- A large, clean, plastic, fizzy drink bottle. Make sure it isn’t cracked or damaged.
- Warm water
- Optional thermometer
- Bike pump
- Bike pump attachment, e.g. rubber bung with inner tube valve (you can buy a rubber bung from our shop)
1. Pour a few cm of warm water into the bottle, and swill it round to wet as much of the surface as possible.
2. Firmly push the pump attachment into the neck of the bottle, and pump air into the bottle. If you have a thermometer, you can watch the temperature rise a couple
of degrees as the pressure increases. This encourages the water to evaporate.
3. Release the bottle suddenly. You may see a faint cloud appear. When you release the bottle, the pressure, and temperature in the bottle drop suddenly. However, you will not see many cloud droplets forming despite the fact that the air in the bottle is almost certainly saturated with water vapour (if you do, its probably because your bottle wasn’t very clean!).
4. Now open the bottle, and light a match (get an adult to help with this step). Hold the match near the mouth of the bottle, then blow it out, gently blowing some smoke into the bottle for a few seconds before quickly attaching the bike pump.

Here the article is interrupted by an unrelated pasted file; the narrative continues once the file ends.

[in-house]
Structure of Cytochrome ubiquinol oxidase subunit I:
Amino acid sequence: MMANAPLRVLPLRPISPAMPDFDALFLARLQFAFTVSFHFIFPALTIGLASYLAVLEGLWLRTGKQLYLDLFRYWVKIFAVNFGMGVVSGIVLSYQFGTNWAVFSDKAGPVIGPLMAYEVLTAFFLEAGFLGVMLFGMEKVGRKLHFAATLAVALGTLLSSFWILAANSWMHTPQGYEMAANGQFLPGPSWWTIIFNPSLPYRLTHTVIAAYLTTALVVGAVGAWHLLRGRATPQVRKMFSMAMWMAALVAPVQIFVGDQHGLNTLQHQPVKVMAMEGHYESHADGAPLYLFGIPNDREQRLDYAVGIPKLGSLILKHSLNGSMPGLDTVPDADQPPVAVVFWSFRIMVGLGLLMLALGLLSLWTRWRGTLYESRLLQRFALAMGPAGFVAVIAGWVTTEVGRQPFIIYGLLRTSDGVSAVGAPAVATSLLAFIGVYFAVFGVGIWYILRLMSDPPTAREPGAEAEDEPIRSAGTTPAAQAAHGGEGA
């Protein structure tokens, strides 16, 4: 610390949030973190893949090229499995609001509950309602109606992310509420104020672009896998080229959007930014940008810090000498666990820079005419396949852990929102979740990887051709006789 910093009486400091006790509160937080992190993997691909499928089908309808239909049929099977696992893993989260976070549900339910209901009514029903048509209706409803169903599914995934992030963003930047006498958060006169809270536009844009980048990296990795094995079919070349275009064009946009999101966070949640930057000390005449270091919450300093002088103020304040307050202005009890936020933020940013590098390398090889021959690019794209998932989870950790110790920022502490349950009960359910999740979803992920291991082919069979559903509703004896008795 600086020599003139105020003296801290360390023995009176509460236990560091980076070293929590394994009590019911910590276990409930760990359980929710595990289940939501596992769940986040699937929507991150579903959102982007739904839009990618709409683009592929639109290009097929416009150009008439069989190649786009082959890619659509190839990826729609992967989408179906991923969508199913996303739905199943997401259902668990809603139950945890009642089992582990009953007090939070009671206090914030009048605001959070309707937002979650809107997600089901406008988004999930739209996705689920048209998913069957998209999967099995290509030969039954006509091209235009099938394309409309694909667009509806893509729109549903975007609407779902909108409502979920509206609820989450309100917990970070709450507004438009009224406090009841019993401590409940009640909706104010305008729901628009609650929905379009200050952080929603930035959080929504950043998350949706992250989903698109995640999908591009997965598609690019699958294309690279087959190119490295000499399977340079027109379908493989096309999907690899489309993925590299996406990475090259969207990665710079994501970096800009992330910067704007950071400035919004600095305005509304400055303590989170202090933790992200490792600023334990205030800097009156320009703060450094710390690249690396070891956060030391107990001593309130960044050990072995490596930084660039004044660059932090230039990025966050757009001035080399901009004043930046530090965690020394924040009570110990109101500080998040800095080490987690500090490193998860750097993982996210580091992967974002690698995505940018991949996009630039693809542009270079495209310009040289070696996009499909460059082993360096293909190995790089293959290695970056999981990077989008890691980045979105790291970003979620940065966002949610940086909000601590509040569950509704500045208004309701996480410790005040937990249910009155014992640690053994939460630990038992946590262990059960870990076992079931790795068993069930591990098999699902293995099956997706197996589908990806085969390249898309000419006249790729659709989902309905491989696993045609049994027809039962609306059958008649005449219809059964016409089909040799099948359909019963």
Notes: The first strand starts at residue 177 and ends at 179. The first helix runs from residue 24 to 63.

5. Now pump air into the bottle again and release it suddenly. You should see a much clearer cloud forming in the bottle when you release it, as the water vapour now has small particles (smoke, soot, ash), known as Cloud Condensation Nuclei, to condense onto.
N.B., you can repeat this experiment using ethanol (or surgical spirit, or alcohol based hand cleansing gels) rather than warm water. In this case, no smoke is required. Ethanol has a substantially greater vapour pressure than water, and such high levels of supersaturation can be achieved as to make nucleation possible without any CCN present.